When I got off the train in Florence from Paris, I realized I knew almost nothing in Italian. Not even hello. I knew ‘ti amo,’ as Julia, my ex-girlfriend, had started signing her emails with it when she returned from her semester abroad, the emails she sent asking if we could still be friends, a request she stopped making after a bar fight and a slap across my face. But that was the only expression I knew.

Why Italy? Julia, for one. The autumn after our relationship ended she came here. I grew obsessed with the place, thinking that getting to see it, to experience it, would make the pain of that fall go away. I spent that season in my room listening to Kind of Blue and feeling sorry for myself, wondering how many Italians Julia had slept with so far until I broke into her email and found out: all of them. The pain eventually subsided, long before I got to Italy. But curiosity lingered. And a desire to be somewhere detached. Specifically not to be in the US, or Jordan or Palestine, places that would’ve made more sense for me to spend a year in. But those places had notes in the margin that proved distracting. In order to think, I needed blank sheets.

I’d graduated from college that spring. It had taken me five years to finish. I’d dropped out twice; the first time to backpack through South America but instead ended up as a waitress at a dive in my college town, driving Julia to and from her classes, and the second time for a medical condition known informally as lollipop syndrome, caused by acute anorexia. Graduation was in May. I spent the summer working at Starbucks and accompanying my mother on her social outings, consistently forgetting that midway through the evening I was usually silent and subsequently ignored. I was ill-fitting, especially against her lack of self-consciousness, her fluidity of wit and charm, though I knew these could take a terrifying shape. By August I’d saved up enough money to buy a twelve-month plane ticket. I left the States in early September. I would not have wanted to stay at my mother’s house for one more day.

‘Via delle Carra,’ I said to the bus driver outside the Santa Maria Novella station in Florence. I’d rented an apartment before arriving. I got to the building and walked into the courtyard, where a group of people sat playing cards. They offered me a glass of Chianti and I spent the evening getting to know them. There was a redhead from Copenhagen who worked in a local government office. There was an Indian DJ who lived in Liverpool and had an effortful cockney accent. There was an American journalist who wrote a weekly fashion column. And a designer from Madrid, who spoke with a lisp and whom I could tell was post-lollipop too. Everyone was referred to by their country of origin. They called me Palestina.

I couldn’t sleep that night. Sleep would take away from my time here. Instead I stayed up marking cities I wanted to travel to in my Let’s Go! Italy guidebook. Decisions would have to be made – finances were limited. Siena or Cinque Terra? Definitely Naples, which I’d heard was a lot like Nablus, pre-’48. Sicily, if I didn’t run out of money by spring. I felt intoxicated by my levity. For the first time in a while, I was bound to no one.

The following afternoon I enrolled in beginning Italian at Dante Alighieri language school in Piazza della Repubblica. Every weekday I had lessons from nine to one with a mid-morning break at ten forty-five, which I would use to run across the street for an espresso. Sometimes I went to the deli next door for a pecorino cheese sandwich or a Ritter chocolate bar. One morning a girl from class followed me there.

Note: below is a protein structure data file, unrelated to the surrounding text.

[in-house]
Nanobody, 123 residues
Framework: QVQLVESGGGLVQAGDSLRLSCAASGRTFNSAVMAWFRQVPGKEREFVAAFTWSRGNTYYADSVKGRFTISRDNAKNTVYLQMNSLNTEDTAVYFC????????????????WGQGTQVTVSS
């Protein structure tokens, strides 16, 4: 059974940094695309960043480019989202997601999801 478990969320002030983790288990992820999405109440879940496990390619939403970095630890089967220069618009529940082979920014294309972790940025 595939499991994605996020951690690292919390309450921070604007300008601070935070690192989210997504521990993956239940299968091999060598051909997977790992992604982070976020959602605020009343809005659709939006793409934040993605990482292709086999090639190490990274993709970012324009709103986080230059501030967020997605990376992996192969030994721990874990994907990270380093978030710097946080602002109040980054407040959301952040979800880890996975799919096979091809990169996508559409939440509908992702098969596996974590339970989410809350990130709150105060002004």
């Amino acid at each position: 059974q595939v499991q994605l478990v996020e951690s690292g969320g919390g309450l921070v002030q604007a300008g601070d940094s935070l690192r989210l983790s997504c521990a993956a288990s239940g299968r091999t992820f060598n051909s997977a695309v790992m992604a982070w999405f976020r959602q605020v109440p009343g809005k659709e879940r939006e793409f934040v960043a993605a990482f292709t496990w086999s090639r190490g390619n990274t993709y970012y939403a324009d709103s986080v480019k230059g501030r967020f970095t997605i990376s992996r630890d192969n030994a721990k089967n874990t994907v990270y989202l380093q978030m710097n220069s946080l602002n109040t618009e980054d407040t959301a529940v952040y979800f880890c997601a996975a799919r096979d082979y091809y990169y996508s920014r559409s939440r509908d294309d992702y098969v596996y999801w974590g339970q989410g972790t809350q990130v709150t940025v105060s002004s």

‘Hey,’ a voice from behind me called, and I turned around. ‘Which is the flat kind?’

‘What?’ I looked to where the girl’s finger was pointing, at the bottled water, two kinds, marked Frizzante and Naturale. ‘Oh. Naturale.’

‘You’re in my class,’ she said. She had blue eyes and blonde hair, half a dozen friendship bracelets on each forearm and the deepest voice I had ever heard out of a female. It was incongruous with her soft appearance, like a ballerina chewing tobacco. I chose a sandwich from the display and the man at the register rang me up. The girl grabbed a tray and asked, ‘Can I sit with you?’

We sat at a table outside with our sandwiches. Just as I was taking my first bite she pulled out a pack of Marlboro Reds. ‘Want one?’

She was Dutch. Just finished high school, here for her gap year. Her older sister, who was twenty-three like me, did hers in Barcelona. She hoped she’d made the right decision by choosing Italy over Spain. She had one friend so far, a Salvadorian named Katia, also here for her gap year. They lived in a house with a bunch of American girls. ‘They’re loud as hell,’ she said, smooshing her cigarette onto the sidewalk and finally picking up her sandwich. ‘And it’s fucking annoying.’

‘I live in a pretty cool building,’ I told her. ‘You should come hang out with us some time.’

‘Can I come tonight?’

She showed up at seven, while we were drinking and making pasta. When she got up to use the bathroom, the Indian DJ asked, ‘Who’s this blonde bombshell you’ve brought to us? She’s gorgeous!’

I hadn’t noticed that she was beautiful. All I saw was the blonde hair, and after Julia I’d somehow stopped noticing blondes. ‘I didn’t ‘bring her’ to you,’ I responded. ‘She’s not some sort of sacrificial offering.’

They nicknamed her the Sacrifice.

After that night the Sacrifice followed me everywhere, and at first I found it irritating. I had come here, primarily, to be alone. Wherever I went she was right behind me, like a lost puppy. She even showed me how to pedal my bike with her seated on the back. ‘It’s how we do it in Holland,’ she said.